Leaders of the Michigan Hispanic Alliance hope to expand their influence and strengthen partnership opportunities.
LANSING, MI -- It's a hot Friday night, and a group of teenagers is hard at work on dance steps for the upcoming cotillion celebrating the 18th birthday of Monica Lopez. Their instructor is Anselmo Rodriguez, who goes by the nickname Chemo.
Rodriguez is a member of the Lansing Area Hispanic Business Association (LAHBA). His Dance for Wellness business is coupled with work distributing a health drink. He's an energetic man of 74, who says dance has kept him so fit that he can still do the splits and run a sub-five-minute mile.
Rodriguez brings that energy to his membership in LAHBA.
"As a former vice president of LAHBA," Rodriguez says, "it was our intent to make sure that we help those people who are going to the university, to get them acclimated to the business world, so that by the time they graduated, they hopefully would have their own business, or maybe hired into a profession."
LAHBA was founded in 1999 to help Hispanics network and develop their business skills.
The group's president is John Joseph Castillo. After a 30-year career as an executive in the Michigan Department of Civil Rights, Castillo started a consulting business ten years ago.
As president of the association, he's fully behind LAHBA's new alliance with the Michigan Hispanic Chamber of Commerce, serving metro Detroit, and similar groups in west Michigan and the bay area. He sees a win-win situation for all of them. Together, he thinks they could soon help members save on insurance.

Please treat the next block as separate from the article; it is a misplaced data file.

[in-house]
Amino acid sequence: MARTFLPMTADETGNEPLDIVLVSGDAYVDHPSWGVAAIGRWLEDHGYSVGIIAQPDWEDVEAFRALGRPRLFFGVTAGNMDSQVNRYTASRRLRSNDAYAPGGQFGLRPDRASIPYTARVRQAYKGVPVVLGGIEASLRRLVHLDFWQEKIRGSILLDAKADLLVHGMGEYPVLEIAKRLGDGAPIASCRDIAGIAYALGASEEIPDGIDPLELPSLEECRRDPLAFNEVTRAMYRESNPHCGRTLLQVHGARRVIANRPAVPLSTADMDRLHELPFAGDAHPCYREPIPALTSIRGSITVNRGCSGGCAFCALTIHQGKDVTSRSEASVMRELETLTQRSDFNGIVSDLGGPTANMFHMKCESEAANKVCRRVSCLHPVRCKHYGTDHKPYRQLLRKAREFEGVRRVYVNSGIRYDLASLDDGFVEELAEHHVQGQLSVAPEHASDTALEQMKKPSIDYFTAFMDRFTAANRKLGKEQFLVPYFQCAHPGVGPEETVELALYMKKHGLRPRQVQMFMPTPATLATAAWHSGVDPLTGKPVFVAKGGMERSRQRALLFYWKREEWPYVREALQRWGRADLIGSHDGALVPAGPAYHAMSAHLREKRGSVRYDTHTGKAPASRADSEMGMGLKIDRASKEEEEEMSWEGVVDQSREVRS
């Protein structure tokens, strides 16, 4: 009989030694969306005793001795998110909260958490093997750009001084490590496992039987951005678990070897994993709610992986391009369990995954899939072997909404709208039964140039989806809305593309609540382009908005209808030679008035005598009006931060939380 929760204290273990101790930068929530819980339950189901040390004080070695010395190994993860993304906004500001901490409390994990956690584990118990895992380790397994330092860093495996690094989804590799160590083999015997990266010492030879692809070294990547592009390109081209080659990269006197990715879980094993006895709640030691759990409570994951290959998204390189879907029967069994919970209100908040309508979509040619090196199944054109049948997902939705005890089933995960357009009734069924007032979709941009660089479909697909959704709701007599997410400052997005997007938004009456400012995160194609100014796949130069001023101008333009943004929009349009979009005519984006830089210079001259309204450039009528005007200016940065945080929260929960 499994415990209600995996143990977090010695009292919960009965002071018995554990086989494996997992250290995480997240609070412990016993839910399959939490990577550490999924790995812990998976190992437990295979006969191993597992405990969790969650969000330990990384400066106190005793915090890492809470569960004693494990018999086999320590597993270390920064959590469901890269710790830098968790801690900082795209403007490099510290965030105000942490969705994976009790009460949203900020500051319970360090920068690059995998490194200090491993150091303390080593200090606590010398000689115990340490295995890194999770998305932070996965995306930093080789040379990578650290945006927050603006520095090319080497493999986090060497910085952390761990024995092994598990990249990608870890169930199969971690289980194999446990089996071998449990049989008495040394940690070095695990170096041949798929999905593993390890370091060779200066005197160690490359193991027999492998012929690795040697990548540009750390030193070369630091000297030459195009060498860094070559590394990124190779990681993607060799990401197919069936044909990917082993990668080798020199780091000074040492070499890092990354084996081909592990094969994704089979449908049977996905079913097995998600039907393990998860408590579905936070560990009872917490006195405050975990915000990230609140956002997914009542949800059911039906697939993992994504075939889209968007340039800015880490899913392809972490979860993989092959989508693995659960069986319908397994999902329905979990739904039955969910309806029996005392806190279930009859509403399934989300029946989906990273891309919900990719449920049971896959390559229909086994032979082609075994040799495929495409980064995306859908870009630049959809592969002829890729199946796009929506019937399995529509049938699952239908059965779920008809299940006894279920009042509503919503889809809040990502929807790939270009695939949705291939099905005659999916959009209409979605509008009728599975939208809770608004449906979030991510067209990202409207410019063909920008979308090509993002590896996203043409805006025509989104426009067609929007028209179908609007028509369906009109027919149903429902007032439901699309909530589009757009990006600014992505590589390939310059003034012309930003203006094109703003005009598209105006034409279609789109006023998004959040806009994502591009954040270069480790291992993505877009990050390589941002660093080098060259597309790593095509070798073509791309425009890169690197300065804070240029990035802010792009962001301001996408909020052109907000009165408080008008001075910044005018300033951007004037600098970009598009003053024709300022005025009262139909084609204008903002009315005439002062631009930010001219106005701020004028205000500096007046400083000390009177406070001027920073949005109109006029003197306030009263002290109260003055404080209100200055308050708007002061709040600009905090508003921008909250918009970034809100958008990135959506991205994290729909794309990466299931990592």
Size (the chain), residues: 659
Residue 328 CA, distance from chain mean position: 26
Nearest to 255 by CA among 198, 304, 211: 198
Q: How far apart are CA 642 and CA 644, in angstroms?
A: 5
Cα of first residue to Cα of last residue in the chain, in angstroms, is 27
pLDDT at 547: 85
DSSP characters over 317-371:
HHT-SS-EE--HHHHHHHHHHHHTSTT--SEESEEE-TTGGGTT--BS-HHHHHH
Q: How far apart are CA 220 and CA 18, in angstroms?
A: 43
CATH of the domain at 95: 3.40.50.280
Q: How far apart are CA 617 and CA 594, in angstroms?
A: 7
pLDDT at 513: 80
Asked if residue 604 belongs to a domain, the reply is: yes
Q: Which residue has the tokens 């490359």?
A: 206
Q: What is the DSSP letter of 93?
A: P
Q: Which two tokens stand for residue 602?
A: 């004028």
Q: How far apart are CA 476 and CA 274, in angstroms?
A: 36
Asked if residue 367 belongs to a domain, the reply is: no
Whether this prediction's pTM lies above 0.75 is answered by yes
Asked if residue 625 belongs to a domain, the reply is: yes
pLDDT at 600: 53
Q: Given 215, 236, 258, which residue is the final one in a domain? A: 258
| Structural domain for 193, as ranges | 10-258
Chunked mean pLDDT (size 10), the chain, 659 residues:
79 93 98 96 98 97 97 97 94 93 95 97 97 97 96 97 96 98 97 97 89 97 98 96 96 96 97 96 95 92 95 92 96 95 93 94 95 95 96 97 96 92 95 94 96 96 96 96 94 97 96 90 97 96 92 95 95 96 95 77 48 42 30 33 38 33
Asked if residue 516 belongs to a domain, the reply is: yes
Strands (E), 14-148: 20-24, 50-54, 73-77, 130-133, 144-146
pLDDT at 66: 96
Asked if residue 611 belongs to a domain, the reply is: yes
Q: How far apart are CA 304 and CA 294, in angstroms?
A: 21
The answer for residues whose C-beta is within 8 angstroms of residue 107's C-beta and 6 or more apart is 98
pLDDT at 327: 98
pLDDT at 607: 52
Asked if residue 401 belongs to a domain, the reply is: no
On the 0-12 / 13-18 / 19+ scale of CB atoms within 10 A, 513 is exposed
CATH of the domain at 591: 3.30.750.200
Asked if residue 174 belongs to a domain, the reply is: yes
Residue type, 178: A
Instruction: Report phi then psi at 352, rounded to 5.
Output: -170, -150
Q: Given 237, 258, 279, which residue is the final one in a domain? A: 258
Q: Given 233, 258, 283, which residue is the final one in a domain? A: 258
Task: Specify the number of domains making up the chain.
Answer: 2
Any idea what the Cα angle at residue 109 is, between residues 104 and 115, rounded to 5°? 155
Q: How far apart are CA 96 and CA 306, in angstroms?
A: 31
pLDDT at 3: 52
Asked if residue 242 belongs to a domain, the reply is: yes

"Some of the other associations have already partnered with large insurance companies," Castillo says. "So, therefore, the members there can get discounts. We in Lansing have not established that route yet, but that becomes a strong possibility. We would be able to tap in on their resources, and offer it to our members."
Castillo is hoping that the alliance can expand beyond Lansing, Detroit, west Michigan and the Great Lakes Bay Region to include other parts of the state.
Early childhood development specialist Marissa Zamudio joined the Lansing association this year. She says helping kids get off to a good start needs to be a component of LAHBA's agenda, and she thinks expanding the group's reach beyond Lansing will produce a unified message.
"My goal is to provide them with information about early childhood development," Zamudio says, "and its link to workforce development, economic development, and of course, how that impacts on business, and their ability to stay competitive."
Getting Hispanic kids going early could become an important component of producing young adults who are prepared to enter the business world.
Back in that hot gym, dance instructor Chemo Rodriguez is wrapping up his lesson. Joining forces with other Hispanic business groups in Michigan, he thinks, is a dance step in the right direction.
"The whole state is in turmoil when it comes to jobs. The markets out there will move when they know people are cohesive, together."
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